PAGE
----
A new neuroimaging study investigates how psychotherapy for people with PTSD changes the brain areas responsible for generating emotional responses to threats used. Trauma-focused psychotherapy is considered the best available treatment for post-traumatic stress disorder (PTSD). However, the ways in which this method affects the brain to promote recovery from PTSD are not well understood. We know that psychotherapy works. But we don’t have a lot of good data to explain how it works, how the brain is changed by going through this process.
The signaling protein mTOR (Mechanistic Target of Rapamycin) is a sensor for nutrients such as amino acids and sugars. When sufficient nutrients are available, mTOR boosts metabolism and ensures that sufficient energy and cellular building blocks are available. Since mTOR is a central switch for metabolism, errors in its activation lead to serious diseases. Cancers and developmental disorders of the nervous system leading to behavioral disorders and epilepsy can be the result if mTOR is malfunctioning.
Lack of a specific fatty acid in fat tissue can trigger the abnormal immune system response that causes multiple sclerosis (MS) by attacking and damaging the central nervous system, according to a new study1. Fat tissue in patients diagnosed with MS were found to have abnormal levels of oleic acid, a monounsaturated fatty acid found at high levels in cooking oils, meats (beef, chicken, and pork), cheese, nuts, sunflower seeds, eggs, pasta, milk, olives, and avocados.
Individuals who have the brain cancer type glioma are more likely to have antibodies to T. gondii, indicating that they have had a previous infection, compared to a similar group that was cancer free, new research1 has found. The results suggest that reducing exposure to this common food-borne pathogen could provide a modifiable risk factor for highly aggressive brain tumors in adults. Led by James Hodge, JD, MPH and Anna Coghill, Ph.
Survivors of stroke who no longer benefitted from conventional rehabilitation gained clinically significant arm movement and control by using an external robotic device powered by the patients' own brains, a new study1 found. The work showed most patients kept the benefits for at least two months after the therapy sessions ended, suggesting the potential for long-lasting gains, said Jose Luis Contreras-Vidal, director of the Non-Invasive Brain Machine Interface Systems Laboratory at the University of Houston.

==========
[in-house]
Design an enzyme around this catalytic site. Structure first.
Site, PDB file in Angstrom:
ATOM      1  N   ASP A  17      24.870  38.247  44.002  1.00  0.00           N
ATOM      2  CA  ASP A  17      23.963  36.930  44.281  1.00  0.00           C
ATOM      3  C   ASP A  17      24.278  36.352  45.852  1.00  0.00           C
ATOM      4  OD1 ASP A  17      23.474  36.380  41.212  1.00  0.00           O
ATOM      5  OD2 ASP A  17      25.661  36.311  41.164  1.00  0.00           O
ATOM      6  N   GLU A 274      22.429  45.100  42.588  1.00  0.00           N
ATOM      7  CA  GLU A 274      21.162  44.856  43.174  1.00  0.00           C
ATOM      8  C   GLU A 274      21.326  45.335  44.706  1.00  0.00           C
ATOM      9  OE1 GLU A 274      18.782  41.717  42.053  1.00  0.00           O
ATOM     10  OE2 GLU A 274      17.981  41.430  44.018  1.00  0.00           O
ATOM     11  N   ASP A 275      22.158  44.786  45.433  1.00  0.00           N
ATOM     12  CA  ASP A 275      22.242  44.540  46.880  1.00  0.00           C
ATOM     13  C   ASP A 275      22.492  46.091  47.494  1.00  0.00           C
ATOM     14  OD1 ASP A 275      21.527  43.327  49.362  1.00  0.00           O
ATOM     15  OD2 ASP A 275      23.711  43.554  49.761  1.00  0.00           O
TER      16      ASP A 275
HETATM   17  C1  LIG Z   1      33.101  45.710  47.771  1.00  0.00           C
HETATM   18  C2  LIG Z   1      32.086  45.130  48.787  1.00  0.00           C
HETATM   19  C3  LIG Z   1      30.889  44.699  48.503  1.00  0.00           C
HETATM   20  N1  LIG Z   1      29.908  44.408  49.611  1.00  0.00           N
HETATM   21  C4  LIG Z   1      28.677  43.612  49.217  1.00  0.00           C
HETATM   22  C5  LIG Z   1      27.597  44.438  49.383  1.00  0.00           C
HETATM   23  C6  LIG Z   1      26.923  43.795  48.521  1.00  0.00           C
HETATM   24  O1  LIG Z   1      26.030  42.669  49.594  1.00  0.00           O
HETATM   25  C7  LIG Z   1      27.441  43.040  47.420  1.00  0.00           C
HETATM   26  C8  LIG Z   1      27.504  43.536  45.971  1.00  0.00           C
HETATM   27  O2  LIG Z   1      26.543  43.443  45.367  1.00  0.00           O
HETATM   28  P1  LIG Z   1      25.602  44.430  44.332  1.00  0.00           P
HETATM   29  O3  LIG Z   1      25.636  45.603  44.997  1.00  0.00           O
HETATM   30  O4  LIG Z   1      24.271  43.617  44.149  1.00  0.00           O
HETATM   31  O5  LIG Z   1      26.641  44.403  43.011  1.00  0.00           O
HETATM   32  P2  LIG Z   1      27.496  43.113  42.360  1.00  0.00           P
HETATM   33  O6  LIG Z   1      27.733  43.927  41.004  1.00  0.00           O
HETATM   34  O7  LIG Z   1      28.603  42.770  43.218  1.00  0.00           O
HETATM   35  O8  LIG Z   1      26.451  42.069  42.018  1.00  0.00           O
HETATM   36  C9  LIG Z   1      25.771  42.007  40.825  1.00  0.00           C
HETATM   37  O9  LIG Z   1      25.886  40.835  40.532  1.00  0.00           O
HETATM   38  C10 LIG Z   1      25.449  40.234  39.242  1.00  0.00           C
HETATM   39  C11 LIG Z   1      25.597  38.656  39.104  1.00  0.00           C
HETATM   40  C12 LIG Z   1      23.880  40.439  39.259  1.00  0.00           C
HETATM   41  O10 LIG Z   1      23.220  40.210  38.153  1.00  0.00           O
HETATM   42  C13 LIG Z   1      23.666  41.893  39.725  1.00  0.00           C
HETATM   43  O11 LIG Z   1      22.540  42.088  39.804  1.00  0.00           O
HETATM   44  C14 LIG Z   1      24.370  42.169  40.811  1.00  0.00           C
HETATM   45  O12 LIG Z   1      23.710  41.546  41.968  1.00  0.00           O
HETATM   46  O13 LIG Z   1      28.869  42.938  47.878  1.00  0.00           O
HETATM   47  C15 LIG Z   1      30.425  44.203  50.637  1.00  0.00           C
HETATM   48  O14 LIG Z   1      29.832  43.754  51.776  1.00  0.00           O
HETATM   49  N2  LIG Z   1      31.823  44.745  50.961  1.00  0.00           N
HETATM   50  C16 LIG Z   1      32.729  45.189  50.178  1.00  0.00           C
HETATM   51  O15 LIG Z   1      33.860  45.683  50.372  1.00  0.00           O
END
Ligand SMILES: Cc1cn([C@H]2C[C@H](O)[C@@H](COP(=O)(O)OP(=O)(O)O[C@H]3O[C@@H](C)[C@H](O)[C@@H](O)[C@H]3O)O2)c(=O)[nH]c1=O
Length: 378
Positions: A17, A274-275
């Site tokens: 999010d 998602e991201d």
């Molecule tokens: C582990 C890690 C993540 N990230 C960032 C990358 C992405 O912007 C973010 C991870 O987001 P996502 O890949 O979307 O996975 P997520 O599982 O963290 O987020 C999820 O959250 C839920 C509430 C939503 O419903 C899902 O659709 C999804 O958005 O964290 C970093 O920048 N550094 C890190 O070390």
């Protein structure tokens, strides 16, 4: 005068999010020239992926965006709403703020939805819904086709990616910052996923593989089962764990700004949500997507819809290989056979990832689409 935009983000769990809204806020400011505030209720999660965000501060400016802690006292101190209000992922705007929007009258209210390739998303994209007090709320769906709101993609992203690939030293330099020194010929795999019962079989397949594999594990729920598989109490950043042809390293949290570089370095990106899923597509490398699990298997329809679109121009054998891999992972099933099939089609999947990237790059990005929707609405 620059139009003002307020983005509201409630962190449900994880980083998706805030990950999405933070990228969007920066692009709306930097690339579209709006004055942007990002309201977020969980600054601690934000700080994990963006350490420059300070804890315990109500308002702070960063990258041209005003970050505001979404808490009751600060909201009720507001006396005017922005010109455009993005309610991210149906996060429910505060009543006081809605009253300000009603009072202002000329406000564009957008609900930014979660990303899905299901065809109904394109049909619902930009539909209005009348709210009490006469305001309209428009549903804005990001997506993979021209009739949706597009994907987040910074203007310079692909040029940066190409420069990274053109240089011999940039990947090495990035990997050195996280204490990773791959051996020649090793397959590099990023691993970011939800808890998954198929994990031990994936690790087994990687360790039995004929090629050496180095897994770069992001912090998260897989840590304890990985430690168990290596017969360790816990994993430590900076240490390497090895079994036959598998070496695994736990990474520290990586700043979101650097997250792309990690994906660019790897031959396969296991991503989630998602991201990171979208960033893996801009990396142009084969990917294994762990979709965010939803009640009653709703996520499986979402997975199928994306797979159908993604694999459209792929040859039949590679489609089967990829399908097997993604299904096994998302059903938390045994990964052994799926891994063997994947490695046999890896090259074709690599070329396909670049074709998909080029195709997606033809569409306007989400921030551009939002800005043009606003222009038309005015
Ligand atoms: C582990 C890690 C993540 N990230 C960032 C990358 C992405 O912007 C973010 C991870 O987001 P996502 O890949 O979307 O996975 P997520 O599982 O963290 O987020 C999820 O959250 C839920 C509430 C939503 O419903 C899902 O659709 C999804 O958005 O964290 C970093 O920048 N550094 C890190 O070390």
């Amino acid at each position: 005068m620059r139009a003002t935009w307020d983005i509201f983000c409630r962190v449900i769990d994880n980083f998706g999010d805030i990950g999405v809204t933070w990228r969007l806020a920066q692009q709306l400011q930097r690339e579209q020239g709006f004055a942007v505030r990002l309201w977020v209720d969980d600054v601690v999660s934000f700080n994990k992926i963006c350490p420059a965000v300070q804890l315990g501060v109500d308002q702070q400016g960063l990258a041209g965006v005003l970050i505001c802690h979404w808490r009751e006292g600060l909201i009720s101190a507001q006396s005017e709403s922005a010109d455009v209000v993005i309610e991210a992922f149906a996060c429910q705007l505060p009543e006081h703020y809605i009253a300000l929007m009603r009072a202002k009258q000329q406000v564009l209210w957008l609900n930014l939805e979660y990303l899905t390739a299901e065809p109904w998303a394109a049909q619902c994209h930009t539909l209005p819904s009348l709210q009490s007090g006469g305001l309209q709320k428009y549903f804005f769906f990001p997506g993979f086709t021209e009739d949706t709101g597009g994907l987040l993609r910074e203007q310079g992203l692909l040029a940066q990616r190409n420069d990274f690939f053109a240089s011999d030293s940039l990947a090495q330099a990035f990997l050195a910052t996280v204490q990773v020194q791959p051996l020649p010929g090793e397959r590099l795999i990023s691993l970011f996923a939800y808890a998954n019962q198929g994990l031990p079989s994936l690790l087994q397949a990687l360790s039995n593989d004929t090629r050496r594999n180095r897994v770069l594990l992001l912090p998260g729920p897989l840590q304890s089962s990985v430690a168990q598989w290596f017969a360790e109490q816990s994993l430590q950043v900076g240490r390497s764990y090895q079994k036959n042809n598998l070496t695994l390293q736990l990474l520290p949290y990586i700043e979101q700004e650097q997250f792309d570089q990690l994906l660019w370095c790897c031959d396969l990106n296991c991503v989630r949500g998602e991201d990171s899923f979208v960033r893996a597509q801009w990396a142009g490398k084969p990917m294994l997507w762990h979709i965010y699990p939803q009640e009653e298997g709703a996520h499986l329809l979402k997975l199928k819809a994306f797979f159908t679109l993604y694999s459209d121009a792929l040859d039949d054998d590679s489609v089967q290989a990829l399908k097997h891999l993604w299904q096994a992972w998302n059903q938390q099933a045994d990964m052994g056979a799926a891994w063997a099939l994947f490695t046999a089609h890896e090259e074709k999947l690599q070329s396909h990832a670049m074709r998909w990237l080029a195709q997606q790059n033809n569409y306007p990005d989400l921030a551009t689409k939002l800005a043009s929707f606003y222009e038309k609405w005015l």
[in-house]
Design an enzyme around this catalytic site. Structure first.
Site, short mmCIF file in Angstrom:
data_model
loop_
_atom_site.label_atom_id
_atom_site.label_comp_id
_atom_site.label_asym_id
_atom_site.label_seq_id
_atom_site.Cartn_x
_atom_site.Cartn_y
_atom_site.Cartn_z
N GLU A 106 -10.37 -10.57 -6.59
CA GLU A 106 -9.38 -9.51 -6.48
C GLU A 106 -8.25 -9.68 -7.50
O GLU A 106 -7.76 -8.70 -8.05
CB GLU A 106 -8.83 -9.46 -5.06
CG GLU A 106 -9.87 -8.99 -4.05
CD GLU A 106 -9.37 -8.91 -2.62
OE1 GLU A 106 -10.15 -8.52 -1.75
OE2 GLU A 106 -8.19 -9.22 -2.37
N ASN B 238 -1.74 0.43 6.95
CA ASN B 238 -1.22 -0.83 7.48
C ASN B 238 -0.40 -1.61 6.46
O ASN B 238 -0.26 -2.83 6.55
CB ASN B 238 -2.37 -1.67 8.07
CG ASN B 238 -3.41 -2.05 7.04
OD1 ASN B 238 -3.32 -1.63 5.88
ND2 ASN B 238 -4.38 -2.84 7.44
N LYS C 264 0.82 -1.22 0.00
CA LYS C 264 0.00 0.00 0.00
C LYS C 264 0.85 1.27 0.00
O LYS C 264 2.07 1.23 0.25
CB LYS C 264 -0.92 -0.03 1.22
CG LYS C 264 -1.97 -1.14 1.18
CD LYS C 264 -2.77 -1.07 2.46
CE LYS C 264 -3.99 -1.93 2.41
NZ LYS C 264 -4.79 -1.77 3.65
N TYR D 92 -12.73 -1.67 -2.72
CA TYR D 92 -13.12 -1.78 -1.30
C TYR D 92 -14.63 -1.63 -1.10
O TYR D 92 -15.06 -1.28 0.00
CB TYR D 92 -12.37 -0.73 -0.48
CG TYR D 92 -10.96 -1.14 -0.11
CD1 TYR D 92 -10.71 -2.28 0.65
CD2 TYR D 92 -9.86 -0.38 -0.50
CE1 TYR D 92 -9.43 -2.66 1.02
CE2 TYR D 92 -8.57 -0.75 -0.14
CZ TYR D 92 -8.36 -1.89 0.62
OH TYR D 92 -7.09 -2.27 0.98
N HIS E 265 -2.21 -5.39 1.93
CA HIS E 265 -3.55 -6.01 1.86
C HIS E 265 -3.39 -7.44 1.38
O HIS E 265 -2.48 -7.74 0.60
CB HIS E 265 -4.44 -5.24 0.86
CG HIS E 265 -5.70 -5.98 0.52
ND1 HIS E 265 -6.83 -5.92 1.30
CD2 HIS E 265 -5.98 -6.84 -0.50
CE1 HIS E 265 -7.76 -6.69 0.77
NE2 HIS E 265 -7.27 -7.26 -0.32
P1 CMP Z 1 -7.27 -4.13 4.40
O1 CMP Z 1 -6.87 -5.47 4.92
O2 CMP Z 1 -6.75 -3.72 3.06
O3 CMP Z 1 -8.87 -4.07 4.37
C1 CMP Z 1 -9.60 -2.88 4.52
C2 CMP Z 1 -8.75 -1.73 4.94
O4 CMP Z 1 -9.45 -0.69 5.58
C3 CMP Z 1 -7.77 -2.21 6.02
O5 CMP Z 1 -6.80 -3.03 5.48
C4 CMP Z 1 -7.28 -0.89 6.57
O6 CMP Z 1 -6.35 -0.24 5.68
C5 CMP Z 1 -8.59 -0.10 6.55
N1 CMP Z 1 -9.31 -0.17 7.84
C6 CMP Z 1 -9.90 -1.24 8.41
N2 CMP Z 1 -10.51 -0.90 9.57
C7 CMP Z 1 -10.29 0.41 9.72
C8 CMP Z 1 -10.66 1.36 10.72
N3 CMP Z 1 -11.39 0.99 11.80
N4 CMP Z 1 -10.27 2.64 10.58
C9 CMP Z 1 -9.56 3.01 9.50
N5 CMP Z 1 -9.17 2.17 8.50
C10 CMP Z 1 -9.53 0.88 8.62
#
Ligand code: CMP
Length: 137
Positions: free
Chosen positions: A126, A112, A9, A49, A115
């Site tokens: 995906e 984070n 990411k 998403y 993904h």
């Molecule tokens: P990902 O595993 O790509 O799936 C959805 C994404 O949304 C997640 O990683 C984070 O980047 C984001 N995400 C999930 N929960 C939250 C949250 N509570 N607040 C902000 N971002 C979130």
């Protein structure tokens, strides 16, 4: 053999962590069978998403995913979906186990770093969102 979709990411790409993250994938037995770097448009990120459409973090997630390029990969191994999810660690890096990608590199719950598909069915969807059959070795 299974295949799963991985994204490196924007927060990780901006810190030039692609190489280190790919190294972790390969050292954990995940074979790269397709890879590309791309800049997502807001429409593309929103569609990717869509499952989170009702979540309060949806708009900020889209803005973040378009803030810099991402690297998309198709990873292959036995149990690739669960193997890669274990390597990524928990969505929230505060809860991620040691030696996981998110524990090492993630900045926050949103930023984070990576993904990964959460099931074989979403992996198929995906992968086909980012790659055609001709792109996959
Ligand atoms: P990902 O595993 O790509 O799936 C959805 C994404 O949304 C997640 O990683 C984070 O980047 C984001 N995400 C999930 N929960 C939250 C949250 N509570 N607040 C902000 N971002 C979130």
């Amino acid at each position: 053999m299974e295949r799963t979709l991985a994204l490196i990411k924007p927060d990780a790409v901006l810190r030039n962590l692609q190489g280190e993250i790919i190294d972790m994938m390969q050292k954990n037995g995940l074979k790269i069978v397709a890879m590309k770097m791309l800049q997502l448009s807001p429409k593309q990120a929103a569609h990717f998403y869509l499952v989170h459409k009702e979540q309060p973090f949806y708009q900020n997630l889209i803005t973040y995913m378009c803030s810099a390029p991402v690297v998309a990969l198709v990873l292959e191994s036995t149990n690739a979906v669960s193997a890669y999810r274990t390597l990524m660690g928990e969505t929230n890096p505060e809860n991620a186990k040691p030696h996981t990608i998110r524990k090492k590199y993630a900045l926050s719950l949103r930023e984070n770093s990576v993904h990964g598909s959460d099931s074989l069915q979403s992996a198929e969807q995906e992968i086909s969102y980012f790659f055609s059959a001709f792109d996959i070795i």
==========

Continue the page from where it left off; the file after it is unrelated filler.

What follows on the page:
There is a surprising connection between frontotemporal dementia (FTD) and amyotrophic lateral sclerosis (ALS), two disorders of the nervous system, and the genetic mutation normally understood to cause Huntington’s disease, a study led by researchers at the National Institutes of Health has discovered1. The finding potentially creates a new pathway for diagnosing and treating some individuals with FTD or ALS. Several neurological disorders have been linked to “repeat expansions,” a kind of mutation that results in abnormal repetition of certain DNA building blocks.
The concentration of different kinds of immune cells in the blood alters in relation to the presence of different bacterial strains in the human gut, researchers at Memorial Sloan Kettering Cancer Center report. The scientific community had already accepted the idea that the gut microbiota was important for the health of the human immune system, but the data they used to make that assumption came from animal studies, says Sloan Kettering Institute systems biologist Joao Xavier, co-senior author of the paper1 together with his former postdoc Jonas Schluter, now an assistant professor at NYU Langone Health.
Since the coronavirus pandemic began in the spring, many people have only seen their close friends and loved ones during video calls, if at all. A new study from MIT finds that the longings we feel during this kind of social isolation share a neural basis with the food cravings we feel when hungry. Credit: Christine Daniloff, MIT The researchers found that after one day of total isolation, the sight of people having fun together activates the same brain region that lights up when someone who hasn’t eaten all day sees a picture of a plate of cheesy pasta.